Prototyping and Planning

How you choose to manage the development of a project is important. But it is a choice. Even if you’re not the project manager if you are working on a project it’s something you should be able to have a say in if you feel the project can be governed better. It will effect most of your waking life so have a say. It
can influence the way developers work and their work in turn will
influence the end product.

For example, working on a project with very loose management, little
documentation and a lot of developer autonomy can be great if the
developers are experienced and there is a high degree of valuable
communication (as opposed to a large amount of noise and little
signal). It can be a total disaster if you don’t have the right type
of engineers for this sort of project though. Some engineers need
little direction and just need to be left alone. Your job as a product
manager is to somehow harness that into your plans. Some engineers
love operating within very strict, very well defined requirements
parameters and quickly become lost when things get loose calling for a
lot of creativity. It could be argued that there lies the distinction
between engineers and programmers. That’s a debate for someone else.

For me, engineering is about solving a problem with the resources you
have. And it’s as simple as that. I don’t like engineers who complain
that there’s not enough time (there’s never enough bloody time), I
don’t like engineers who give up the minute a solution isn’t dropped
into their laps, I don’t like engineers who sit around all day
bemoaning the lack of a Deus ex machina that would instantly make all
the hard work disappear and I certainly don’t like engineers that find
creative ways to do everything except push the project forward. (This
is starting to sound like the Pet Shop Boys’ Paninaro)

However, I love engineers that like to roll up their sleeves and often
get that crazy, distant look in their eye when a problem is thrown
their way. I especially love pragmatic engineers who actively seek to
use someone else’s hard work and conserve their energy for the later stages of
the project. I love engineers that enjoy solving real problems, not
ones they invent to keep themselves entertained. I like engineers that are
competitive about the elegance and economics of their solutions. These
are people you want on your team. These are people that are smart,
that get things done and importantly they add energy which the project
and whole team benefit from. They are also usually engineers who play
well with others and see other functions like sales and marketing as
part of their team too, and not “them”.

Ironically, at the onset of this project the only engineer will be me,
so I’d better fit into the latter category or else I’ll have to fire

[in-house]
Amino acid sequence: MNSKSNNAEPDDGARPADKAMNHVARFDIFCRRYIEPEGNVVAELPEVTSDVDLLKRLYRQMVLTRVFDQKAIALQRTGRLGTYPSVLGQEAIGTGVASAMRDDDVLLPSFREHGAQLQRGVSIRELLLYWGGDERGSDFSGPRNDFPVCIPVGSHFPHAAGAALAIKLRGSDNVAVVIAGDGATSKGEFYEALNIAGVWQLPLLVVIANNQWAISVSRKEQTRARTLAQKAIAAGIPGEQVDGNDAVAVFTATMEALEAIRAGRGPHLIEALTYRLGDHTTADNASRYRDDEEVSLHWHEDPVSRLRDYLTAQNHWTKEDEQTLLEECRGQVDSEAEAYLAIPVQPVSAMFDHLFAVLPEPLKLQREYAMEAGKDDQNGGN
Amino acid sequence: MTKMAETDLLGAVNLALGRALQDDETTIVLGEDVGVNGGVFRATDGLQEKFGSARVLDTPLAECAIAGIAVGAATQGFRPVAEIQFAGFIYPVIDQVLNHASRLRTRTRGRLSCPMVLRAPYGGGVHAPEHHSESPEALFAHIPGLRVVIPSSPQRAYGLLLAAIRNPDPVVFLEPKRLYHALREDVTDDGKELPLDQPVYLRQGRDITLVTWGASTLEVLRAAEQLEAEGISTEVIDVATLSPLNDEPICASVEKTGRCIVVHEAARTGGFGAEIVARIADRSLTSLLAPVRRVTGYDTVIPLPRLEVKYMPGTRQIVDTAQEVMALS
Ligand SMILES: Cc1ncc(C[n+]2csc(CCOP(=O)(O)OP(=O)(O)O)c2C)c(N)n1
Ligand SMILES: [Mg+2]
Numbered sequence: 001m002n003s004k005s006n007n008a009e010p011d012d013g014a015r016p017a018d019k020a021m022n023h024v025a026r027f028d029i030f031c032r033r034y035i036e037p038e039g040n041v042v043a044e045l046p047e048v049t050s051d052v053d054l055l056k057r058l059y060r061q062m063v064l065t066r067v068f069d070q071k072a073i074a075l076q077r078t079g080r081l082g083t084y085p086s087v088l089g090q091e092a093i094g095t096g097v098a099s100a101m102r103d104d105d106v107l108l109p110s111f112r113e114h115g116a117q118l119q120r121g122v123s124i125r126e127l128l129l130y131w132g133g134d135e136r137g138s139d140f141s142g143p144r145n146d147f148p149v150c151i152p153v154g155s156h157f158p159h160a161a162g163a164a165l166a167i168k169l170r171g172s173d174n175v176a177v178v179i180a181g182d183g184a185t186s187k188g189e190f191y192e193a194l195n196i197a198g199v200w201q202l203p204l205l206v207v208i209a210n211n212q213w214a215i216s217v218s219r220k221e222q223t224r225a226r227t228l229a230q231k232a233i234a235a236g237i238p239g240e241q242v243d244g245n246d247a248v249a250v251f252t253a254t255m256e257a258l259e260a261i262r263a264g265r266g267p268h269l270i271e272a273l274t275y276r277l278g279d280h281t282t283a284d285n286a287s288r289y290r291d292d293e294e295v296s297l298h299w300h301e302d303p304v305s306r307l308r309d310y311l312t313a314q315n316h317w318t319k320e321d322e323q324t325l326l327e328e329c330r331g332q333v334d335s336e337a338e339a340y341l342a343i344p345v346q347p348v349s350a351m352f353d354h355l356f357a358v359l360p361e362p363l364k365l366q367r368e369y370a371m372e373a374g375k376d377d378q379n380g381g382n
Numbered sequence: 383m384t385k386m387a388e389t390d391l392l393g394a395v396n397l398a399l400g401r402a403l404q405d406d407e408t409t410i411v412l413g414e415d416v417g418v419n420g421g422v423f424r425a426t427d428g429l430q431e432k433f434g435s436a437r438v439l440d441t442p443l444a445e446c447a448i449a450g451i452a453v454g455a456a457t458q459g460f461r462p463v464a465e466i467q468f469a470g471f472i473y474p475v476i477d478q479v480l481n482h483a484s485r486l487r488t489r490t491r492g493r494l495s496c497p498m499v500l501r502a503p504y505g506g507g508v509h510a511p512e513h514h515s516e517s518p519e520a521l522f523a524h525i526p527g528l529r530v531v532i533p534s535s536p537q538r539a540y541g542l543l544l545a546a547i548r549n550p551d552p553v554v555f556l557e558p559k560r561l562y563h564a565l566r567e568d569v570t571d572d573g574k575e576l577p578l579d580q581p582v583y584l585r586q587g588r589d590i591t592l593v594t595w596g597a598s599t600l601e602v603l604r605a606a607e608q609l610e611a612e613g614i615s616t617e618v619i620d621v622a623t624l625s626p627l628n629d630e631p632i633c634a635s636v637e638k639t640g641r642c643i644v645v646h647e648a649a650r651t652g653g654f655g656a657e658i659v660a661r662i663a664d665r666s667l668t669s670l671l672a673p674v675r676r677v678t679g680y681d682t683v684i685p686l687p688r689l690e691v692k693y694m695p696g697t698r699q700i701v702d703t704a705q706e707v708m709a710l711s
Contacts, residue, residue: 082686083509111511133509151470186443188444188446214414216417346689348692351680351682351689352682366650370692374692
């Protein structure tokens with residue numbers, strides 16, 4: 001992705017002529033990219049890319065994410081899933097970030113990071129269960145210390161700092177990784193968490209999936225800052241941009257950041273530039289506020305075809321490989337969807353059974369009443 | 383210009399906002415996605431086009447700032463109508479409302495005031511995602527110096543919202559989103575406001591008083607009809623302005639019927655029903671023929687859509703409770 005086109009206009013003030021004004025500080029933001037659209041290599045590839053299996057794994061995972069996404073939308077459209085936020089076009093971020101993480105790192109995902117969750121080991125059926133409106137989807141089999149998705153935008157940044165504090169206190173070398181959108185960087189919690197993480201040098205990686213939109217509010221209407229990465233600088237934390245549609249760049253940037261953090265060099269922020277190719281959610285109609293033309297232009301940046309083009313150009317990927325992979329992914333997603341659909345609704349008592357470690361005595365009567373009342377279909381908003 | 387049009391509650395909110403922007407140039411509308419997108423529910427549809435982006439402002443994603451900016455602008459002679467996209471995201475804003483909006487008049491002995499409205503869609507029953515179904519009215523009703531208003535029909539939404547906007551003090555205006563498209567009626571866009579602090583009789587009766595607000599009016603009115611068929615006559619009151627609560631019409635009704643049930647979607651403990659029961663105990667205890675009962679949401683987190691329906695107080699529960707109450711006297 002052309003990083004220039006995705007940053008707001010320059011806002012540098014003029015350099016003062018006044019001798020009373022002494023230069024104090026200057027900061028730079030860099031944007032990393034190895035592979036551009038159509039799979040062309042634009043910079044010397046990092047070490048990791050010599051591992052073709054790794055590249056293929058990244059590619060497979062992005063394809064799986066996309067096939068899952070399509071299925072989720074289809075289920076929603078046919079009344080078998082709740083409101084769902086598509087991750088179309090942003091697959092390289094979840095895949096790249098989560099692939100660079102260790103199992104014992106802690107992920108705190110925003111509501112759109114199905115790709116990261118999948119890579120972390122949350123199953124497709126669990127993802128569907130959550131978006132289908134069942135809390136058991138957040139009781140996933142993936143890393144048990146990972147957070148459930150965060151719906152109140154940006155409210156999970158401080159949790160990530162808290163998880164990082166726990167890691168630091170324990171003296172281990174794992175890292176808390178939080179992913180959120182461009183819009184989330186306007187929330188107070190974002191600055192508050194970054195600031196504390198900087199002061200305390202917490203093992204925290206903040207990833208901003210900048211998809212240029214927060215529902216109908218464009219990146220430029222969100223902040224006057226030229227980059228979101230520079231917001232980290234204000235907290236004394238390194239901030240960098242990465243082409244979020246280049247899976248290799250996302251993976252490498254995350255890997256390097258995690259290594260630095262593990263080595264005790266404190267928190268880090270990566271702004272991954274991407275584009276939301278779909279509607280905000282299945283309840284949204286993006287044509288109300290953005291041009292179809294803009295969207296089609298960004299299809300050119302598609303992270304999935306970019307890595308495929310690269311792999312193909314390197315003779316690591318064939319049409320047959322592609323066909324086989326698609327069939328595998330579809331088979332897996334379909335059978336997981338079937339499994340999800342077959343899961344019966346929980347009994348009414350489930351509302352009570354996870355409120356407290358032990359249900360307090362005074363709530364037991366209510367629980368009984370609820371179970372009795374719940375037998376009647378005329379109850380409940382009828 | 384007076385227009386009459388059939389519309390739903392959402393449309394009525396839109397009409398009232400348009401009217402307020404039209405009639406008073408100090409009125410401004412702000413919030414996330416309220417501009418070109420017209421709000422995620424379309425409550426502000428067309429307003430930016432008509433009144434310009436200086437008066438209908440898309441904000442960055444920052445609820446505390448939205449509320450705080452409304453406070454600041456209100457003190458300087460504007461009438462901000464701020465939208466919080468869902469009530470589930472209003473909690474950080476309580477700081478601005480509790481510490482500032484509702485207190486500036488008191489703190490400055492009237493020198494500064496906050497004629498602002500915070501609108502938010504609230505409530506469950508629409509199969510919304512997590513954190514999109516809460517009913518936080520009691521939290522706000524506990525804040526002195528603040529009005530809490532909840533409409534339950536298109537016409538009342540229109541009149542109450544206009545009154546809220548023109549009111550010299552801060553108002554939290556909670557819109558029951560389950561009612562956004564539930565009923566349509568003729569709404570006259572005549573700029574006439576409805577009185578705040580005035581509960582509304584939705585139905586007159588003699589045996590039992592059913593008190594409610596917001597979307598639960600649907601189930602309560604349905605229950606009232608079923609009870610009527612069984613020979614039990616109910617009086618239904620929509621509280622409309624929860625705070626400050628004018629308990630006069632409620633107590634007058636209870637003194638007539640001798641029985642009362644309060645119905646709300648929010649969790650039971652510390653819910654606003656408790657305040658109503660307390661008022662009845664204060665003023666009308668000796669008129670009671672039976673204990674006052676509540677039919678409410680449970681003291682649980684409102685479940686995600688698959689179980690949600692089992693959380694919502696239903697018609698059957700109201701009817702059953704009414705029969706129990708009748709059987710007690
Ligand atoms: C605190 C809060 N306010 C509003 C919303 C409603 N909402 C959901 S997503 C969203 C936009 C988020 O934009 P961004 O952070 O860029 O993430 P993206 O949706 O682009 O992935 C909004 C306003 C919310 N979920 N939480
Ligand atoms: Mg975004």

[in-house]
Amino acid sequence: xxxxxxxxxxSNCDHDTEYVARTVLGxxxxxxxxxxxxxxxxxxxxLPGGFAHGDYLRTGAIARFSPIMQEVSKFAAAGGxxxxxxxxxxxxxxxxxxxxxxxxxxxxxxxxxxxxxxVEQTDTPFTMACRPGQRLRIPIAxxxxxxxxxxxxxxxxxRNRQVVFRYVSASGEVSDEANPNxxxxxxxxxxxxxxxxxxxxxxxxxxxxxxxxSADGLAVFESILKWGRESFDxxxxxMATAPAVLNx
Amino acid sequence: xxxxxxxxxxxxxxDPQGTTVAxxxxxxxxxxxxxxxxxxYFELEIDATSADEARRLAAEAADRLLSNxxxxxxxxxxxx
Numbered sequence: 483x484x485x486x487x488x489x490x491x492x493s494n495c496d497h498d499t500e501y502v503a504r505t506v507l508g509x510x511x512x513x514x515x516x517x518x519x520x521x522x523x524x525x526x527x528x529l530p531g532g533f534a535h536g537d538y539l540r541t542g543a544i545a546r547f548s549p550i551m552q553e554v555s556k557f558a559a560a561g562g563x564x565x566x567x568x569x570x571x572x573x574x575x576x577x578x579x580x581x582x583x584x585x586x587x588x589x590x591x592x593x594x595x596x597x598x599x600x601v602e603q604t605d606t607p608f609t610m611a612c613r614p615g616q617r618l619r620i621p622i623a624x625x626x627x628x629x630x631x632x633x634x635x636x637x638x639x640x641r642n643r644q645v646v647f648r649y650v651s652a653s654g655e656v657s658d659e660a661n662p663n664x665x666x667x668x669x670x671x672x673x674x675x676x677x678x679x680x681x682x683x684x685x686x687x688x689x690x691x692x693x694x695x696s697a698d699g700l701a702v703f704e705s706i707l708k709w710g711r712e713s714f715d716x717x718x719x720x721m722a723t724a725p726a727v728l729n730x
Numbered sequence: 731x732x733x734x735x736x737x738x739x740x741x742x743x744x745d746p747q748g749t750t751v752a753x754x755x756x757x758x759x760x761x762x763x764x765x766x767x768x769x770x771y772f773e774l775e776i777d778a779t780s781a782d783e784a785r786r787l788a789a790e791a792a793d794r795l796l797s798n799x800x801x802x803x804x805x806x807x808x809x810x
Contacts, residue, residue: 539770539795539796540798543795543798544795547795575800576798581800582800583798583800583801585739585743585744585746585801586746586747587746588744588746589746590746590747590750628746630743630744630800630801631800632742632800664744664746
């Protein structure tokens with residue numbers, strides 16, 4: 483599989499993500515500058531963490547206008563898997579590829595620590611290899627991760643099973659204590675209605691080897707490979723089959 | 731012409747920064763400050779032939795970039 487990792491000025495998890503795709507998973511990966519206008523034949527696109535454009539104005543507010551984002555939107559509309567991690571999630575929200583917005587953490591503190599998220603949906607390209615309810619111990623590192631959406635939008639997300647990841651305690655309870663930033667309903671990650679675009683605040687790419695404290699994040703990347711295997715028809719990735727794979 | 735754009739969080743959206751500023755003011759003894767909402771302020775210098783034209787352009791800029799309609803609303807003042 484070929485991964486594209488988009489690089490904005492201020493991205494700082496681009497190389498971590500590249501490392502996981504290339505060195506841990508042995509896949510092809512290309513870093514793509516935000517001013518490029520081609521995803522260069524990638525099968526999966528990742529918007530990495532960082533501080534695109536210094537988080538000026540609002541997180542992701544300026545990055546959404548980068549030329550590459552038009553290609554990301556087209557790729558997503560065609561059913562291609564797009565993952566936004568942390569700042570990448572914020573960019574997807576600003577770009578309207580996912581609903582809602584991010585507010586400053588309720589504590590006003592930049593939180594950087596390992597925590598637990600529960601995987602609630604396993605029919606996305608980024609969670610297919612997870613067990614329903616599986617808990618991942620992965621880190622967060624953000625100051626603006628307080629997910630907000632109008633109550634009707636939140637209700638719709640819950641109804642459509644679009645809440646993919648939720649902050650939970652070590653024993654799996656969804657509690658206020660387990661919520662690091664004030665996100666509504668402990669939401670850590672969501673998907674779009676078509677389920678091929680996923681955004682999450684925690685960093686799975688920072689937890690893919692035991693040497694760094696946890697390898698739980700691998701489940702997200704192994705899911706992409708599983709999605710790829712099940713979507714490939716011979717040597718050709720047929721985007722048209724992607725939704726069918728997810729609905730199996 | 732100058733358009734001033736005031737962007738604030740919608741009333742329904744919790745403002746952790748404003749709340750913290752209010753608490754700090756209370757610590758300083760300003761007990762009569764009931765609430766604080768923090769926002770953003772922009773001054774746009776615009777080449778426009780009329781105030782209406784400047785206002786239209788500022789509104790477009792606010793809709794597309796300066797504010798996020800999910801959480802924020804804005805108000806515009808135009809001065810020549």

myself!

As the earlier discussions with real life game developers have
concluded, that beyond the kernel of the chosen game’s theme, it
doesn’t seem too sensible to have a long period of writing design
documents, followed by a long period of development only to find that
the game design was an absolute dog in the first place and all that’s
been achieved is just a terrific consumption of Jelly Belly jelly
beans.

Therefore, the project will have to operate on a prototyping basis,
whereby I will produce very tight and quick iterations off a the game
outline. The game outline by the way, is a simple one pager on the
game, its purpose, its main mechanic and what the goal of playing
would be. There is deliberately a lot of space to fill it out and part
of the hypothesis at this stage is that given the boundaries of the
game’s mechanic this is where the “fun” will be. And there is only one
way to prove if it is fun or not and that’s by playing with the
prototype.

The project plan looks roughly like this at the moment:

1. Complete simple one pager on the game design
2. Break the design into three main stages that can be implemented
within a few weeks, somewhat obviously these are a beginning, a middle
and an end. And the goal here is to be able to play through the game
as early as possible. Remember we’re not aiming for World of Warcraft
here. It might be that we start off with an exposition screen, a
simple user choice and an end story (you won/you lost). Remember small
steady steps focused on the achievable win out. Don’t start looking at
the horizon all the time. You’ll trip up.
3. Rapidly iterate around the middle part of point 2 until the
mechanic feels fun, when this happens we introduce a bit of formality
again.
4. With a working, fun mechanic we need to formalise the game’s
content and goals. This stage should be a more familiar and formal
process.
5. Create an agile style weekly release plan for implementing the
central goals and content from 4 and gather a small group of alpha
testers
6. Release the game to the alpha group who are happy to play the game
as it’s constantly updated. Use their feedback to update 4 and fix
bugs.
7. When the alpha group are happy with stability, release to beta group
8. continue feedback and updates back to 4.
9. As both groups continue to feedback, invite public users
10. Evaluation, where did it all go right/wrong

So that’s the rough plan, it might be refined a little but that’s the
core of what I want to achieve.

If you’re reading this drop me an email if you’d like to be an alpha
tester 🙂 I could do with some help

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